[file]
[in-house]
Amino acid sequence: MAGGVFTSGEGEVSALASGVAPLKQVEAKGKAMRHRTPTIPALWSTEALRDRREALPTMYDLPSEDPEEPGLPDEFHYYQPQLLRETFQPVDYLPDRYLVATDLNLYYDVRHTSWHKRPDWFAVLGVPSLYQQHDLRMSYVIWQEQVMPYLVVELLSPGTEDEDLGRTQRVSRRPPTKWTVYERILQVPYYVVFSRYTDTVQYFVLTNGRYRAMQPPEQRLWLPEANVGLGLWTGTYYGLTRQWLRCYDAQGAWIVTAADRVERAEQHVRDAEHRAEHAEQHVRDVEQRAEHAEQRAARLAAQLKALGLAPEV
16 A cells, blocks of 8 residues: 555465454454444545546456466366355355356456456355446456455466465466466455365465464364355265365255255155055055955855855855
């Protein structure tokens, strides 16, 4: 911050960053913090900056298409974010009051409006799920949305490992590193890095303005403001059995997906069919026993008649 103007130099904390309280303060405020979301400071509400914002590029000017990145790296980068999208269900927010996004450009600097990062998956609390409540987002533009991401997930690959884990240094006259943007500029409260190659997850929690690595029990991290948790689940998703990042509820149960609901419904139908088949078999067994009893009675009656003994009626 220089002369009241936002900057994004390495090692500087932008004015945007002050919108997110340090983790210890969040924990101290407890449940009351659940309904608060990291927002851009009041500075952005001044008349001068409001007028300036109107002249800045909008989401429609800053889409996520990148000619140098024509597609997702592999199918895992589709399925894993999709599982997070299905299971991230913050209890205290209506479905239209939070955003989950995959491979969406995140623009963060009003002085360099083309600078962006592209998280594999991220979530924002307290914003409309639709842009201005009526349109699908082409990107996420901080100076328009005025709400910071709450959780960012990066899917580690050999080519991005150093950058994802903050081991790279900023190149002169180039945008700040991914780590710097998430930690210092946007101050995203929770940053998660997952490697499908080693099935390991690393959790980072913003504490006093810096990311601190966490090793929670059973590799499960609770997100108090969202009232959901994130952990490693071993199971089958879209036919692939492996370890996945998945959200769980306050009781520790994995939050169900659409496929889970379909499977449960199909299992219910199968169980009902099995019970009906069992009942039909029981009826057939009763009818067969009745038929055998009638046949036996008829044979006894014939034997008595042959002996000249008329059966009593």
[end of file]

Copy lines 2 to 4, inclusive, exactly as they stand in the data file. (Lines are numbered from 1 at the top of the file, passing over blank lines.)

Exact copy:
Amino acid sequence: MAGGVFTSGEGEVSALASGVAPLKQVEAKGKAMRHRTPTIPALWSTEALRDRREALPTMYDLPSEDPEEPGLPDEFHYYQPQLLRETFQPVDYLPDRYLVATDLNLYYDVRHTSWHKRPDWFAVLGVPSLYQQHDLRMSYVIWQEQVMPYLVVELLSPGTEDEDLGRTQRVSRRPPTKWTVYERILQVPYYVVFSRYTDTVQYFVLTNGRYRAMQPPEQRLWLPEANVGLGLWTGTYYGLTRQWLRCYDAQGAWIVTAADRVERAEQHVRDAEHRAEHAEQHVRDVEQRAEHAEQRAARLAAQLKALGLAPEV
16 A cells, blocks of 8 residues: 555465454454444545546456466366355355356456456355446456455466465466466455365465464364355265365255255155055055955855855855
């Protein structure tokens, strides 16, 4: 911050960053913090900056298409974010009051409006799920949305490992590193890095303005403001059995997906069919026993008649 103007130099904390309280303060405020979301400071509400914002590029000017990145790296980068999208269900927010996004450009600097990062998956609390409540987002533009991401997930690959884990240094006259943007500029409260190659997850929690690595029990991290948790689940998703990042509820149960609901419904139908088949078999067994009893009675009656003994009626 220089002369009241936002900057994004390495090692500087932008004015945007002050919108997110340090983790210890969040924990101290407890449940009351659940309904608060990291927002851009009041500075952005001044008349001068409001007028300036109107002249800045909008989401429609800053889409996520990148000619140098024509597609997702592999199918895992589709399925894993999709599982997070299905299971991230913050209890205290209506479905239209939070955003989950995959491979969406995140623009963060009003002085360099083309600078962006592209998280594999991220979530924002307290914003409309639709842009201005009526349109699908082409990107996420901080100076328009005025709400910071709450959780960012990066899917580690050999080519991005150093950058994802903050081991790279900023190149002169180039945008700040991914780590710097998430930690210092946007101050995203929770940053998660997952490697499908080693099935390991690393959790980072913003504490006093810096990311601190966490090793929670059973590799499960609770997100108090969202009232959901994130952990490693071993199971089958879209036919692939492996370890996945998945959200769980306050009781520790994995939050169900659409496929889970379909499977449960199909299992219910199968169980009902099995019970009906069992009942039909029981009826057939009763009818067969009745038929055998009638046949036996008829044979006894014939034997008595042959002996000249008329059966009593």